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Riezman Comments on Dean Trade Message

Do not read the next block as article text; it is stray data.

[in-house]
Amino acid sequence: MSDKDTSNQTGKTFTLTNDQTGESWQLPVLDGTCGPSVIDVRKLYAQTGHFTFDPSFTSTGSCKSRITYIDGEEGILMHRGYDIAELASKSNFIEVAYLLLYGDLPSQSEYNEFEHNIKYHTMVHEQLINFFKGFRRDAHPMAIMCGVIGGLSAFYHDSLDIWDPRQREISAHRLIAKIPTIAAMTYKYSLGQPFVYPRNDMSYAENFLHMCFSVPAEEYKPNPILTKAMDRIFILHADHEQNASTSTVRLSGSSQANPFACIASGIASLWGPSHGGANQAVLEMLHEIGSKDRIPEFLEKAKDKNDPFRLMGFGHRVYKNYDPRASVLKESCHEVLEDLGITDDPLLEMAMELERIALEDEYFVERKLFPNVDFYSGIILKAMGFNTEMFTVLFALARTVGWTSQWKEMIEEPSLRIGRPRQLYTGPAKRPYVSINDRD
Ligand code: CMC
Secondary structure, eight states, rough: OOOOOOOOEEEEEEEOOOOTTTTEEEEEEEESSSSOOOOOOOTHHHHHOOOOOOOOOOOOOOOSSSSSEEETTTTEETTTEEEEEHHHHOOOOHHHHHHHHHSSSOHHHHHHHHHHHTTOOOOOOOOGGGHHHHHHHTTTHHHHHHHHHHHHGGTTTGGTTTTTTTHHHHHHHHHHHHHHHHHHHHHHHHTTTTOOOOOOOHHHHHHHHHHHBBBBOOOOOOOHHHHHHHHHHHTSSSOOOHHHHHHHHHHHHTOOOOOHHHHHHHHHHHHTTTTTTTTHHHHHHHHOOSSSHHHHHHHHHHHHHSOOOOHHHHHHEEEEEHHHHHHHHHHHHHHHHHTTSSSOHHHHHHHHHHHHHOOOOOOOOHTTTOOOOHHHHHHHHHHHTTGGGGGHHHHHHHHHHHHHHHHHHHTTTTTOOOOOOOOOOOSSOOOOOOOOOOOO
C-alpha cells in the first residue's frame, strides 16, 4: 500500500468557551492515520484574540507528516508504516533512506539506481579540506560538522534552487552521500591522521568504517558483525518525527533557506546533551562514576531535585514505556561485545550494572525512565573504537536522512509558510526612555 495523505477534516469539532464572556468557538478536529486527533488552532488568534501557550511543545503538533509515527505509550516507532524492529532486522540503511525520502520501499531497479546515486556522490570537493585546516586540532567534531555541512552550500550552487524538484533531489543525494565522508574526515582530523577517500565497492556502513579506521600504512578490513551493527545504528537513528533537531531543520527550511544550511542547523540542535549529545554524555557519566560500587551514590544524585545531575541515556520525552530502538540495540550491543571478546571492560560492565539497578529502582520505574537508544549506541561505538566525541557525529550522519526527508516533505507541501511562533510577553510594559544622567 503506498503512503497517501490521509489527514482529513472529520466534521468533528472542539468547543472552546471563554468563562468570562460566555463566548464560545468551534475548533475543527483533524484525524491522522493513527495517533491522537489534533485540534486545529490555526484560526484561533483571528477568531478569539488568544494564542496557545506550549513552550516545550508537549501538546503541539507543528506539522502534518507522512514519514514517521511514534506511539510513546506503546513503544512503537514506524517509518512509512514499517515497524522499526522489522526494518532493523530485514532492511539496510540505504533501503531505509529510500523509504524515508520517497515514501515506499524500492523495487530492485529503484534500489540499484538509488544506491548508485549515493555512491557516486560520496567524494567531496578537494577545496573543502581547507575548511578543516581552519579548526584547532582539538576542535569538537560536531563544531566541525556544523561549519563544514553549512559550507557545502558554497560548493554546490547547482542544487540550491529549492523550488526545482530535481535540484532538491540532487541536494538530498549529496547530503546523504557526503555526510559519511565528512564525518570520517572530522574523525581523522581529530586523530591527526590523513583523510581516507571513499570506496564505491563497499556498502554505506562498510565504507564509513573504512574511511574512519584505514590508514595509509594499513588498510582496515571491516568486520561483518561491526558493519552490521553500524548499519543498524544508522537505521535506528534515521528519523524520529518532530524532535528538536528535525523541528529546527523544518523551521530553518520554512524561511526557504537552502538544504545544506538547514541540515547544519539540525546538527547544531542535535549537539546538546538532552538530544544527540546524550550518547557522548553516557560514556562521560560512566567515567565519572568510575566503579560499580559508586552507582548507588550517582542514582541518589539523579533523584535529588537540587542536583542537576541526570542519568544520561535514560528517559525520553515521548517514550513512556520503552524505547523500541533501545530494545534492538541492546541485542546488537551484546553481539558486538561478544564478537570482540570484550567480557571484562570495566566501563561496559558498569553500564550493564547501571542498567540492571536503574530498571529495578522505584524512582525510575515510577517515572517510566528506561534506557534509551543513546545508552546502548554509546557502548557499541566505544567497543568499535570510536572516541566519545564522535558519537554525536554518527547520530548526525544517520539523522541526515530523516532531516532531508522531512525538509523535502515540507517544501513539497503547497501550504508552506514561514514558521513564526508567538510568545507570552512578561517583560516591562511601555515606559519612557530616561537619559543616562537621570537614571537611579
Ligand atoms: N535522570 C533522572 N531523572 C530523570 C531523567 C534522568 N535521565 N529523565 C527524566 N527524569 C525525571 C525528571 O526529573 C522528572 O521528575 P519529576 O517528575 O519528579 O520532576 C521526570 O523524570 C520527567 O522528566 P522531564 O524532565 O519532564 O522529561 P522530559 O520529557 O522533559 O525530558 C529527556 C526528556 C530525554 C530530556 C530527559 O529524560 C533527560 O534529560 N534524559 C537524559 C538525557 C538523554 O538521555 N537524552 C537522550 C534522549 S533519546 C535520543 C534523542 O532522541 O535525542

Across Iowa, trade is a bubbling political issue. Agriculture is king in Iowa, but union workers at construction sites and farm equipment plants are expected to account for one-third of the participants in the state's Democratic caucuses on Jan. 19. Representative Richard A. Gephardt of Missouri was supposed to have had support sewn up from voters angry about the perceived cost of free trade. He led the unsuccessful fight against the North American Free Trade Agreement in Congress in 1993, and vaulted to a resounding caucus win here in 1988 after airing a hard-line television ad in which he threatened to impose massive tariffs on South Korean cars if that country did not lower barriers to US vehicles. But in the tumble of politics, the man threatening Gephardt's lead in Iowa is the candidate who sang the praises of NAFTA not so long ago. Former Vermont Gov. Howard Dean has leapt to the top of polls with a message that inverts his previous trade stance. On the stump, Dean said that he supported NAFTA in the 1990s because it was good for his Canada-bordering state. But now, he said, he believes that the trade agreement should be rewritten so that countries that trade with the United States abide by uniform labor, safety and environmental standards. Some economists say Dean's policy amounts to an antitrade message wrapped in trade-friendly language. "It's disguised protectionism," said RAYMOND RIEZMAN, professor of economics at the University of Iowa.

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